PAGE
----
In summary, our study is the first to screen the differentially expressed proteins of the pituitary gland of Huoyan geese during the laying period compared to the pre-laying period using proteomics technology. Several proteins were identified, including double C2-like domain-containing protein, neurophysin 1 and 2, secretogranin II, chromogranin A, prolactin, ITPR3, and follicle stimulating hormone alpha polypeptide, and they were related to the regulation of secretion and transport of hormones and neurotransmitters and to the oxytocin signalling, GnRH signalling, prolactin signalling, and calcium signalling pathways. Our findings may provide important information for the conservation and utilization of local goose breeds.
S1 Table. All identified proteins in the pituitary between the pre-laying period and laying period by iTRAQ analysis.
S2 Table. Raw data of peptide quantification of the pituitary between the pre-laying period and laying period.
S3 Table. Significance analysis of all quantified proteins in the pituitary between the pre-laying period and laying period.
S4 Table. Significant differentially expressed proteins (DEPs) in the pituitary between the pre-laying period and laying period.
S5 Table. GO analysis result for differentially expressed proteins (DEPs) in the pituitary.
S6 Table. KEGG analysis results for differentially expressed proteins (DEPs) in the pituitary.
We would like to thank the staff of the Liaoning Huoyan Goose Stock Breeding Farm who provided assistance in the collection of goose pituitary samples.
- 1. Luan X, Cao Z, Li R, Liu M, Hu J. Differential expression profiling of hypothalamus genes in laying period and ceased period Huoyan geese. Mol Biol Rep. 2014;41(5):3401–11. Epub 2014/02/06. pmid:24496856.
- 2. Habig C, Geffers R, Distl O. Differential gene expression from genome-wide microarray analyses distinguishes Lohmann Selected Leghorn and Lohmann Brown layers. PLoS One. 2012;7(10):e46787. Epub 2012/10/12. PONE-D-12-10883 [pii]. pmid:23056453; PubMed Central PMCID: PMC3466173.
- 3. Luan X, Cao Z, Xu W, Gao M, Wang L, Zhang S. Gene Expression Profiling in the Pituitary Gland of Laying Period and Ceased Period Huoyan Geese. Asian-Australasian Journal of Animal Sciences (AJAS). 2013;26(7):921–9.
- 4. Luan X, Liu D, Cao Z, Luo L, Liu M, Gao M, et al. Transcriptome Profiling Identifies Differentially Expressed Genes in Huoyan Goose Ovaries between the Laying Period and Ceased Period. PLoS One. 2014;9(11):e113211. Epub 2014/11/25. PONE-D-14-27569 [pii]. pmid:25419838; PubMed Central PMCID: PMC4242529.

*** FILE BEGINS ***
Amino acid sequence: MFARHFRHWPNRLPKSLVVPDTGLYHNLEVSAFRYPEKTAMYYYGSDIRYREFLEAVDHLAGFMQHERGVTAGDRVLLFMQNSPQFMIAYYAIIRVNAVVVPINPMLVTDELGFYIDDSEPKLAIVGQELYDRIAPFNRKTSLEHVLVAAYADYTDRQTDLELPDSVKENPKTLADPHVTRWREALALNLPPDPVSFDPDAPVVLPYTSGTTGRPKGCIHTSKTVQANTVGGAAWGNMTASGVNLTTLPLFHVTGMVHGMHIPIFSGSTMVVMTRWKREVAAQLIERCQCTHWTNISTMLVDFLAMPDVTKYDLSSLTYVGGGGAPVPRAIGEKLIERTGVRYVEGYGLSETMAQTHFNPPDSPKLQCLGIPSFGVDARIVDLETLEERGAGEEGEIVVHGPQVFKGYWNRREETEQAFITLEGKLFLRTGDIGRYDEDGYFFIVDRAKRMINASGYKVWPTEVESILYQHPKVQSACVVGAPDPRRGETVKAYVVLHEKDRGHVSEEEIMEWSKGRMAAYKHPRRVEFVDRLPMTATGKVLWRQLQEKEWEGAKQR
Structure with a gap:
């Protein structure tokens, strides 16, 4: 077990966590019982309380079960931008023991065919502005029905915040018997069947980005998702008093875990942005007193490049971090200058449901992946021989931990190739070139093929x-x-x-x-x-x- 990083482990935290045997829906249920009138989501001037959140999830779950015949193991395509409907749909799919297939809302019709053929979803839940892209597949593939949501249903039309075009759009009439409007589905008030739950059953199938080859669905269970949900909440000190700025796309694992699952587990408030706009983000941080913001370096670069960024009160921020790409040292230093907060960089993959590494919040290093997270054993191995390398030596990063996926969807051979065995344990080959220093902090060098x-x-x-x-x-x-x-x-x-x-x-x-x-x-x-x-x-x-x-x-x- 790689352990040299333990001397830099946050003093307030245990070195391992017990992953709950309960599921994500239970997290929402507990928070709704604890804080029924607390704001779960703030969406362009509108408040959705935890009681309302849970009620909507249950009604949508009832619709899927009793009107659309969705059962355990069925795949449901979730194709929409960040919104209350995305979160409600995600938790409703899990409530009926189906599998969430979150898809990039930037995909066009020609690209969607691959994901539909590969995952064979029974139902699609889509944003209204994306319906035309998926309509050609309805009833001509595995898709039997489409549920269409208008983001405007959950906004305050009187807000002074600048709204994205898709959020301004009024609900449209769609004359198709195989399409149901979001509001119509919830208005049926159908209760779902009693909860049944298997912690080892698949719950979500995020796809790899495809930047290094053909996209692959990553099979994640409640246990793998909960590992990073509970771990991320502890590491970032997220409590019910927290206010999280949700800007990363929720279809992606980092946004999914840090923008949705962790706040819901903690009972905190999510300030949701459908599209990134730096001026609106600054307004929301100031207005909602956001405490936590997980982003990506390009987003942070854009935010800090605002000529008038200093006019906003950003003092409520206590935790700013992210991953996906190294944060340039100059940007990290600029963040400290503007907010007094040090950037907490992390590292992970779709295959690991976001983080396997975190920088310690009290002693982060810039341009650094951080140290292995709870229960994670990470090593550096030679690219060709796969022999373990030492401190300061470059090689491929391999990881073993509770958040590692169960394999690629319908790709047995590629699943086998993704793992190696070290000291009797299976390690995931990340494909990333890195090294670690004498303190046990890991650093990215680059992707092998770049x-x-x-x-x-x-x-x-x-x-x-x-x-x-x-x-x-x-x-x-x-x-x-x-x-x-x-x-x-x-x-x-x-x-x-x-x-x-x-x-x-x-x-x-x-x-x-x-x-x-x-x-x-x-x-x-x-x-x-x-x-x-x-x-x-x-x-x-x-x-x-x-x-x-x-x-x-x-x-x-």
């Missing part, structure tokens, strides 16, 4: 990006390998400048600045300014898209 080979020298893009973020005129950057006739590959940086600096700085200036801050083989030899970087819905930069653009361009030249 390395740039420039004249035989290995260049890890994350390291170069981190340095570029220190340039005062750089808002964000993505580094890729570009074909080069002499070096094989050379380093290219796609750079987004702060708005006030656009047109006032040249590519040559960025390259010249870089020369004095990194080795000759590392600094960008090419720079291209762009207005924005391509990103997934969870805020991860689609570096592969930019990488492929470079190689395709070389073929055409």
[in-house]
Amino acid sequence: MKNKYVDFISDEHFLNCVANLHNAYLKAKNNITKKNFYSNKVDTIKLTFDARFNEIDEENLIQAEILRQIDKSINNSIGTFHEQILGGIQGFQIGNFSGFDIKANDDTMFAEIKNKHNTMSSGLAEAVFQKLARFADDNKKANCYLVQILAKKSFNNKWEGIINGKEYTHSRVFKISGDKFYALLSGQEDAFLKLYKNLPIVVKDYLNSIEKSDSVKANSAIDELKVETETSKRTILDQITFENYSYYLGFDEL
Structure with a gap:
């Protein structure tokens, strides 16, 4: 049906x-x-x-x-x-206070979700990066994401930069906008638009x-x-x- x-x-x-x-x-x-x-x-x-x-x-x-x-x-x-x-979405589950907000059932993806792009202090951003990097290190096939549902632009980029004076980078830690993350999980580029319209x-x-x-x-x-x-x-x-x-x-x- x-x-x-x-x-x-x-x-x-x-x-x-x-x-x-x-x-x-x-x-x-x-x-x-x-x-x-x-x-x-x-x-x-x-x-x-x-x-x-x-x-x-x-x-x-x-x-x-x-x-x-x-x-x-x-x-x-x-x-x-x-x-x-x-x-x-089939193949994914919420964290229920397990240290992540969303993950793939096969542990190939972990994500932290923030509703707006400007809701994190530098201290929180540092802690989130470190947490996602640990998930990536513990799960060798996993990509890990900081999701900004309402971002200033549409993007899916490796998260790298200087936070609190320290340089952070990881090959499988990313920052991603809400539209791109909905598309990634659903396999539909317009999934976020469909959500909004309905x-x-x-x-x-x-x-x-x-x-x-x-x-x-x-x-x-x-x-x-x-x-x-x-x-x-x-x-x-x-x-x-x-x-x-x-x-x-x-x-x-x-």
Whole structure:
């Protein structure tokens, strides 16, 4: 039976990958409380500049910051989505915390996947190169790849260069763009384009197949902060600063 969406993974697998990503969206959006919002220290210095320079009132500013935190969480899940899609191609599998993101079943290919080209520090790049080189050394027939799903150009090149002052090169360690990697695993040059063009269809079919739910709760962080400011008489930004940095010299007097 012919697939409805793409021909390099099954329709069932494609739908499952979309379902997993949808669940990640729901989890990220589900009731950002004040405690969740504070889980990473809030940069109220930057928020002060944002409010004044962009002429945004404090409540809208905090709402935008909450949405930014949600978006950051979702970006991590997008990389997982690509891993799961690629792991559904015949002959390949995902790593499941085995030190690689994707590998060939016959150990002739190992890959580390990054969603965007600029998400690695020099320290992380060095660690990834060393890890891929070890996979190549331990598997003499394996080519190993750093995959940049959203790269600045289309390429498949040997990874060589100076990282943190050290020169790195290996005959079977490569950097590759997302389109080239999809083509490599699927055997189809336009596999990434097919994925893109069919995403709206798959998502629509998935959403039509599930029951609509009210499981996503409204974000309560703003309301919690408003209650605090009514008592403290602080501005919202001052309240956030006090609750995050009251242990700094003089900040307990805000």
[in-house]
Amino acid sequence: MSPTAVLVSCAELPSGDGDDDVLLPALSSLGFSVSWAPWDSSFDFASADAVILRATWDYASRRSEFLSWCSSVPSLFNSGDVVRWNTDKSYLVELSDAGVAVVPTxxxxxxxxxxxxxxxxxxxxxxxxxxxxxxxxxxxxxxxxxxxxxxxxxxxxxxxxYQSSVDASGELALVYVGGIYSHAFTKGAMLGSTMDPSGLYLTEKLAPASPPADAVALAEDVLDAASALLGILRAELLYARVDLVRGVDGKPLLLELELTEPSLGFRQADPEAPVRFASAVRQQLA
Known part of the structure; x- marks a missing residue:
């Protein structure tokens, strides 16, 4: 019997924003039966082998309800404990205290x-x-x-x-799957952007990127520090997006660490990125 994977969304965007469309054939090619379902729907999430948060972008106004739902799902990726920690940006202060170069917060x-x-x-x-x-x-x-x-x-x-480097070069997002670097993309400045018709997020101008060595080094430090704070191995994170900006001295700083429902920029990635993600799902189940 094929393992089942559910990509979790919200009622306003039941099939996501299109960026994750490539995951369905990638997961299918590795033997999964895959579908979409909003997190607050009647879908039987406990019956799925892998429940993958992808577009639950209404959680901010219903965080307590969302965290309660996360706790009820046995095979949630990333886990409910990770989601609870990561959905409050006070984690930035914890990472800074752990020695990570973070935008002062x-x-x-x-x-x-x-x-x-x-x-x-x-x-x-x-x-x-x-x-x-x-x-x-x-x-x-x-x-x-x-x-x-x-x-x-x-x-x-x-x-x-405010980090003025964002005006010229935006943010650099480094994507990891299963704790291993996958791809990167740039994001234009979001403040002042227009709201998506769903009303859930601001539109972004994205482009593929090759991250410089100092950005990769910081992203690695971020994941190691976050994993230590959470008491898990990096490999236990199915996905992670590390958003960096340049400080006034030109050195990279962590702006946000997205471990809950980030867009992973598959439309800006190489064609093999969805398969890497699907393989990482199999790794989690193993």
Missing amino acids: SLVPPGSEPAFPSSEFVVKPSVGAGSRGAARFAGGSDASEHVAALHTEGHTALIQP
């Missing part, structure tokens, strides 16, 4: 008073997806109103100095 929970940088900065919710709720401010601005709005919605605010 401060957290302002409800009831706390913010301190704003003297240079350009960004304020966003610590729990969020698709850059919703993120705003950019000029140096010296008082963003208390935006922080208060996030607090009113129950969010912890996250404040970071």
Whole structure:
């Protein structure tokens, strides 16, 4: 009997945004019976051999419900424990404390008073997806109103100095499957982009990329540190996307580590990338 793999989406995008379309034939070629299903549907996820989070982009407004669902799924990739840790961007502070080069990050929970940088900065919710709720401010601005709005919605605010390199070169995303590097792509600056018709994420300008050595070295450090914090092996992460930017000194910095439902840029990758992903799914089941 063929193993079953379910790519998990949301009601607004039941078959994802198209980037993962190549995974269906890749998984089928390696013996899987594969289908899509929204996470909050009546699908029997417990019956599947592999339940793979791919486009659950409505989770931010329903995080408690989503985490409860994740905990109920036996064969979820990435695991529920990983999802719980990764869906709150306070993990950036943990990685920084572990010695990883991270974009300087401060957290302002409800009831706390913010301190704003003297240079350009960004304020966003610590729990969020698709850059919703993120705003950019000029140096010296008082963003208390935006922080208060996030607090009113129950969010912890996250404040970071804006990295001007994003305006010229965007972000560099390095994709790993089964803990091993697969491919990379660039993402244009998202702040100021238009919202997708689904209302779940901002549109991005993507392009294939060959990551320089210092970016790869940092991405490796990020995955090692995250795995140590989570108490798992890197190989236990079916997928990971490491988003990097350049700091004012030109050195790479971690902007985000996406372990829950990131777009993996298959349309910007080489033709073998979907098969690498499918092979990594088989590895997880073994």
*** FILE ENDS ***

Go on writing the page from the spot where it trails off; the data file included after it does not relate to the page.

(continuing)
- 5. Shiue YL, Chen LR, Chen CF, Chen YL, Ju JP, Chao CH, et al. Identification of transcripts related to high egg production in the chicken hypothalamus and pituitary gland. Theriogenology. 2006;66(5):1274–83. Epub 2006/05/27. S0093-691X(06)00227-5 [pii] pmid:16725186.
- 6. Kang B, Guo JR, Yang HM, Zhou RJ, Liu JX, Li SZ, et al. Differential expression profiling of ovarian genes in prelaying and laying geese. Poult Sci. 2009;88(9):1975–83. Epub 2009/08/19. 88/9/1975 [pii] pmid:19687284.
- 7. Yen CF, Lin HW, Hsu JC, Lin C, Shen TF, Ding ST. The expression of pituitary gland genes in laying geese. Poult Sci. 2006;85(12):2265–9. Epub 2006/12/01. 85/12/2265 [pii]. pmid:17135685.
- 8. Gao G, Li Q, Zhao X, Ding N, Han Q, Su J, et al. Transcriptome profiling of the hypothalamus during prelaying and laying periods in Sichuan white geese (Anser cygnoides). Anim Sci J. 2015;86(8):800–5. Epub 2015/01/21. pmid:25601520.
- 9. Emsley A. Integration of classical and molecular approaches of genetic selection: egg production. Poult Sci. 1997;76(8):1127–30. Epub 1997/08/01. pmid:9251140.
- 10. Grant SG, Blackstock WP. Proteomics in neuroscience: from protein to network. J Neurosci. 2001;21(21):8315–8. Epub 2001/10/19. 21/21/8315 [pii]. pmid:11606617.
- 11. Lewis TS, Hunt JB, Aveline LD, Jonscher KR, Louie DF, Yeh JM, et al. Identification of novel MAP kinase pathway signaling targets by functional proteomics and mass spectrometry. Mol Cell. 2000;6(6):1343–54. Epub 2001/02/13. S1097-2765(00)00132-5 [pii]. pmid:11163208.
- 12. Rabilloud T, Chevallet M, Luche S, Lelong C. Two-dimensional gel electrophoresis in proteomics: Past, present and future. J Proteomics. 2010;73(11):2064–77. Epub 2010/08/06. [pii]. pmid:20685252.
- 13. Thakur SS, Geiger T, Chatterjee B, Bandilla P, Frohlich F, Cox J, et al. Deep and highly sensitive proteome coverage by LC-MS/MS without prefractionation. Mol Cell Proteomics. 2011;10(8):M110 003699. Epub 2011/05/19. pmid:21586754; PubMed Central PMCID: PMC3149084.
- 14. Kuo YM, Shiue YL, Chen CF, Tang PC, Lee YP. Proteomic analysis of hypothalamic proteins of high and low egg production strains of chickens. Theriogenology. 2005;64(7):1490–502. Epub 2005/09/27. S0093-691X(05)00113-5 [pii] pmid:16182870.
- 15. Huang SY, Lin JH, Chen YH, Chuang CK, Chiu YF, Chen MY, et al. Analysis of chicken serum proteome and differential protein expression during development in single-comb White Leghorn hens. Proteomics. 2006;6(7):2217–24. Epub 2006/02/14. pmid:16475231.
- 16. Kim NS, Shen YN, Kim TY, Byun SJ, Jeon IS, Kim SH. Expression of AGR-2 in chicken oviduct during laying period. J Biochem Mol Biol. 2007;40(2):212–7. Epub 2007/03/31. pmid:17394771.
- 17. Gygi SP, Corthals GL, Zhang Y, Rochon Y, Aebersold R. Evaluation of two-dimensional gel electrophoresis-based proteome analysis technology. Proc Natl Acad Sci U S A. 2000;97(17):9390–5. Epub 2000/08/02. [pii]. pmid:10920198; PubMed Central PMCID: PMC16874.